Pew Survey on U.S. Religion
Recent Pew Survey on US Religion: Something Old, Something New?
By Luke Harlow
According to this article in the New York Times, the American religious landscape is uncertain as ever. The Pew Forum on Religion and Public Life has just released the U.S. Religious Landscape Survey and it includes some interesting statistics. Among them:
The U.S. Religious Landscape Survey estimates the United States is 78 percent Christian and about to lose its status as a majority Protestant nation, at 51 percent and slipping.
More than one-quarter of American adults have left the faith of their childhood for another religion or no religion at all, the survey found. Factoring in moves from one stream or denomination of Protestantism to another, the number rises to 44 percent.
One in four adults ages 18 to 29 claim no affiliation with a religious institution."
And there's also this data:
"On the Protestant side, changes in affiliation are swelling the ranks of nondenominational churches, while Baptist and Methodist traditions are showing net losses.
Many Americans have vague denominational ties at best. People who call themselves ''just a Protestant,'' in fact, account for nearly 10 percent of all Protestants.
Although evangelical churches strive to win new Christian believers from the ''unchurched,'' the survey found most converts to evangelical churches were raised Protestant.
Hindus claimed the highest retention of childhood members, at 84 percent. The group with the worst retention is one of the fastest growing -- Jehovah's Witnesses. Only 37 percent of those raised in the sect known for door-to-door proselytizing said they remain members.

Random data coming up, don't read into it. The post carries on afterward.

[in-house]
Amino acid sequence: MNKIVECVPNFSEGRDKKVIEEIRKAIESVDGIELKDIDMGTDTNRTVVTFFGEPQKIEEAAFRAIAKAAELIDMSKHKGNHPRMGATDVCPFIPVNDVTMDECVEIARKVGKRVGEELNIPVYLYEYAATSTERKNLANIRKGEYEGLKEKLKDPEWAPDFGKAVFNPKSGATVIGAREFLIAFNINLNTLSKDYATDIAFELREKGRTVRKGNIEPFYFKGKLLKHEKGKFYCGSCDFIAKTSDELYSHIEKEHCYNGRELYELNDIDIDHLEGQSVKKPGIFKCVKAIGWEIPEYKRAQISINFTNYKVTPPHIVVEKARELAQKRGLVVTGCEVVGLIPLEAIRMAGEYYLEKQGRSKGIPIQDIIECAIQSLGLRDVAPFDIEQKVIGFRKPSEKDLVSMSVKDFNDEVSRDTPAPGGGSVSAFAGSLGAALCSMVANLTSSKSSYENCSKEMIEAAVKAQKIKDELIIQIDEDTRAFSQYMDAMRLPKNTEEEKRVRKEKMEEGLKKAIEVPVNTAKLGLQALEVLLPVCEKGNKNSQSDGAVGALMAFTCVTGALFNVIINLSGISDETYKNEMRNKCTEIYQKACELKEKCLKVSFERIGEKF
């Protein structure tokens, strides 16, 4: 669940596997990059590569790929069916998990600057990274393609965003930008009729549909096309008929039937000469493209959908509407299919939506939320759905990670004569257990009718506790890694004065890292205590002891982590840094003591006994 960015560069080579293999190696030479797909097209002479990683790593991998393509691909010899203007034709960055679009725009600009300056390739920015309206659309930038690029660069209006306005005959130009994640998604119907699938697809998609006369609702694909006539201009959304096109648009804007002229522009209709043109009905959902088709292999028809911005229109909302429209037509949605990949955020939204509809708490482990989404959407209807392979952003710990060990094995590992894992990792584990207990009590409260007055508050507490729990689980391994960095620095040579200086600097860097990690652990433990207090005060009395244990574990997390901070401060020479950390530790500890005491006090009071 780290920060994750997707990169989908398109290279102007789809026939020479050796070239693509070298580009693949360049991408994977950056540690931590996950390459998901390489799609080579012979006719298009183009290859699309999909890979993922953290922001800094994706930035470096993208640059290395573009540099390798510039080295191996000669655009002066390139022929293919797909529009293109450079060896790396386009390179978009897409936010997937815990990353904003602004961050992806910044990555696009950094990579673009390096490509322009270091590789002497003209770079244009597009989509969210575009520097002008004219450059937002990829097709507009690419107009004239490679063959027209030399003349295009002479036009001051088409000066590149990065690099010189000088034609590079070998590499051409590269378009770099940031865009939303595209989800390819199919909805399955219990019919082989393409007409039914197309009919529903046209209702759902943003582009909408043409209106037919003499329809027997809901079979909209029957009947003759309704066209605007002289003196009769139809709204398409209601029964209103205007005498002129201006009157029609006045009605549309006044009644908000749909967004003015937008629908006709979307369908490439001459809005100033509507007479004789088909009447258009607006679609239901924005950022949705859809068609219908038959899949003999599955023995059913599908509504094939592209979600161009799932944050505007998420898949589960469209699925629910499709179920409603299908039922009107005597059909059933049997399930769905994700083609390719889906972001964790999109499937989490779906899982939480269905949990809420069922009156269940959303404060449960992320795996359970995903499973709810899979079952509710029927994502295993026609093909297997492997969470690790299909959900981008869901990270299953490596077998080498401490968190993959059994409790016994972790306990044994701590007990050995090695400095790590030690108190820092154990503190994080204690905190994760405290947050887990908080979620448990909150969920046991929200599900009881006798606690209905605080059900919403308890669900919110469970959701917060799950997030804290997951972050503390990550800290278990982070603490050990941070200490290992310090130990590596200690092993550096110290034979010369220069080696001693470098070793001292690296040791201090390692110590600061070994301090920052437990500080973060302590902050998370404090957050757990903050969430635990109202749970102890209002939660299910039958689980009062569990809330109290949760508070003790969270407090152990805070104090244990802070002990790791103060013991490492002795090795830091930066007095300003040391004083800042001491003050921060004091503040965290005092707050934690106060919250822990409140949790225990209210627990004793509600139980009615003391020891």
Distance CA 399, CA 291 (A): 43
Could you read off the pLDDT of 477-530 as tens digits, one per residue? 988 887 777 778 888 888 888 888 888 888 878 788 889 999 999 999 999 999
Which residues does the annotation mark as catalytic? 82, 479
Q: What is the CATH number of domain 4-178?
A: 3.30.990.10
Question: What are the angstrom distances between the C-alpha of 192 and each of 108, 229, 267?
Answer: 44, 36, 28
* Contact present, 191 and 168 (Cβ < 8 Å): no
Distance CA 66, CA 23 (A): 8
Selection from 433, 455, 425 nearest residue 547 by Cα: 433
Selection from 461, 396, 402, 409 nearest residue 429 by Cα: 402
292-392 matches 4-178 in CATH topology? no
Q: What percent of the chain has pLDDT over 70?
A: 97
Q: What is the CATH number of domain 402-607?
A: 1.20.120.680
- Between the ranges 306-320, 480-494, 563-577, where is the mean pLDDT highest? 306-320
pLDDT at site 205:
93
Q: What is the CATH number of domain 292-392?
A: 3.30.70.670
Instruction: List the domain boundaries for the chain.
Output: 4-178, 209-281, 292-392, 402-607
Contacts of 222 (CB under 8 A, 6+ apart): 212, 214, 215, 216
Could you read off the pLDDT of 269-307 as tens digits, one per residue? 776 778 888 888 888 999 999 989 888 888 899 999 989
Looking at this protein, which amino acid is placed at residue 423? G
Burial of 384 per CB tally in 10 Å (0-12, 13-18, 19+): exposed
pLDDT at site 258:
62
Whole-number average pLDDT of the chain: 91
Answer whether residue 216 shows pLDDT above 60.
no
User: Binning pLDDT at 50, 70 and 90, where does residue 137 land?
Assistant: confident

Among other findings involving smaller religious groups, more than half of American Buddhists surveyed were white, and most Buddhists were converts.
More people in the survey pool identified themselves as Buddhist than Muslim, although both populations were small -- less than 1 percent of the total population. By contrast, Jews accounted for 1.7 percent of the overall population.
Much of this data seems to confirm what the scholarship on American religion has suggested for some time: the declining significance of of the denomination, believing Americans' lack of deeply held ties to traditions and institutions, and the tenuous nature of any sorts of claims that the United States is a "Christian nation," are classic themes in the literature.
From another perspective, however, I wonder if we have scholarly answers for all the questions this data raises. In what sense, for example, are religious non-affiliates--a group that seems to be growing, especially among younger Americans--religious? (Of course, that might just be begging a question about how we most effectively assess religiosity.) Put another way, do these statistics force us to reassess our views on American religious life?